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An electroencephalogram (EEG) is a safe and pain-free test which records the electrical activity of the brain. This is recorded on a computer and interpreted by a neurologist
The EEG recording shows rhythmical electrical activity, often called brain waves. The brain waves may be normal or show abnormalities in certain regions. In people with epilepsy, there may be "epileptic activity" on the EEG indicating their predisposition to seizures. This epileptic activity can take several forms and be either generalised (recorded over all regions) or focal (recorded in one or more localised regions). Many types of childhood epilepsy have characteristic epileptic activity on the EEG that leads to a specific diagnosis and treatment. Focal abnormalities seen on an EEG occasionally warrant a child having a brain scan.
Minor irregularities of no significance are frequently seen in EEG recordings of normal children, especially infants and young children. Non-epileptic abnormalities and even epileptic activity may be recorded in children with neurological and behavioural problems (eg. cerebral palsy, autism, speech delay) and do not mean that the child has epilepsy. Furthermore, about 2% of normal school-age children who do not have seizures have epileptic activity on EEG.
Conversely, a normal EEG does not exclude epilepsy. Many types of epilepsy may be associated with a normal EEG between seizures. A normal EEG during a "seizure" usually excludes epilepsy as the cause.
The interpretation of EEG findings in children can be difficult and it is recommended that EEGs in children are recorded and interpreted by clinicians experienced in paediatric EEG.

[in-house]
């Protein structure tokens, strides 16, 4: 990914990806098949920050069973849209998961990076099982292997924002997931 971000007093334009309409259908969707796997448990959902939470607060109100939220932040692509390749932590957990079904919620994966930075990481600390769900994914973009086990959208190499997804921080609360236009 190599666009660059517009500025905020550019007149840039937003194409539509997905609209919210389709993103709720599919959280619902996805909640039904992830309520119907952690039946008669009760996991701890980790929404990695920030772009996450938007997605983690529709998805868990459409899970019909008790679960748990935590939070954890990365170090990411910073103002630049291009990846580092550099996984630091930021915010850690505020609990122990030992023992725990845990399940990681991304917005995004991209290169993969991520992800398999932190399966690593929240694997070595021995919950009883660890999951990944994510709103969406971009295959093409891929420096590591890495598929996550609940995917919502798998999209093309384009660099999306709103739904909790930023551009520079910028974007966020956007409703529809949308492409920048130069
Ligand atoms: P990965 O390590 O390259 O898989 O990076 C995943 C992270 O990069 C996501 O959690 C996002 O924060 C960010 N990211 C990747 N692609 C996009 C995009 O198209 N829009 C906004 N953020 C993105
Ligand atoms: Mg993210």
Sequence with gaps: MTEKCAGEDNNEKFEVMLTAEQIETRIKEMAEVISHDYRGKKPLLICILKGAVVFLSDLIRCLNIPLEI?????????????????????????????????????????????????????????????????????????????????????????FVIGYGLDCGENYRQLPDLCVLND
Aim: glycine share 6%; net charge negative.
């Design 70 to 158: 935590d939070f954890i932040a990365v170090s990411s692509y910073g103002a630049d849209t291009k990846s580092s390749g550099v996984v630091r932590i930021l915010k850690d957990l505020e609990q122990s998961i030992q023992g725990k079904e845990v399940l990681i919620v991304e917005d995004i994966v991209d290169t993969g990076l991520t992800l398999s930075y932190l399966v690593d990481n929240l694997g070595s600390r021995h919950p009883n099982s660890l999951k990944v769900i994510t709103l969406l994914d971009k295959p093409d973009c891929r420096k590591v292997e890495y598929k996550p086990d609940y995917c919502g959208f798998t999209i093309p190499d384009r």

The main roles of EEG in the evaluation of children with epilepsy are to:
EEG is occasionally used to:
An EEG can occasionally lead to confusion, especially if non-specific abnormalities or epileptic activity is seen in a child without seizures.
Neurodiagnostics is located on the Ground Floor, just off Main Street, at Specialist Clinics, Reception A3. The test usually takes an hour, but may take longer, especially if a sleep recording is needed.
The EEG scientist has been specially trained for this work and will be pleased to answer any questions about the procedure. However, the scientist cannot tell you the results of the test and administration staff are unable to provide results over telephone. You must make arrangements with your doctor to receive the results. In urgent situations, your doctor may obtain a preliminary report by telephoning one of our neurologists.
Q: Does it hurt?
A: No. Some children might find the procedure irritating, but it does not hurt.
Q: Do they cut my hair?
A: No. The metal disk electrodes are put on the scalp between the hair.
Q: Will they give me a needle?
A: No. You might be given a medicine to drink to make you sleepy but there are no needles.
Q: Will they give me an electric shock?
A: No. The metal discs record electricity coming from the brain but you do not feel this.
Q: Are there any after effects?
A: No. You will feel the same after the recording as you did before it.
Q: Can it read my mind?
A: No. Your thoughts are private and cannot be discovered by this test.
EEG appointments are made by the Specialist Clinics. The booking office is open from 8:15am to 4:30pm Monday to Friday and can be contacted by telephone on 9345 6180.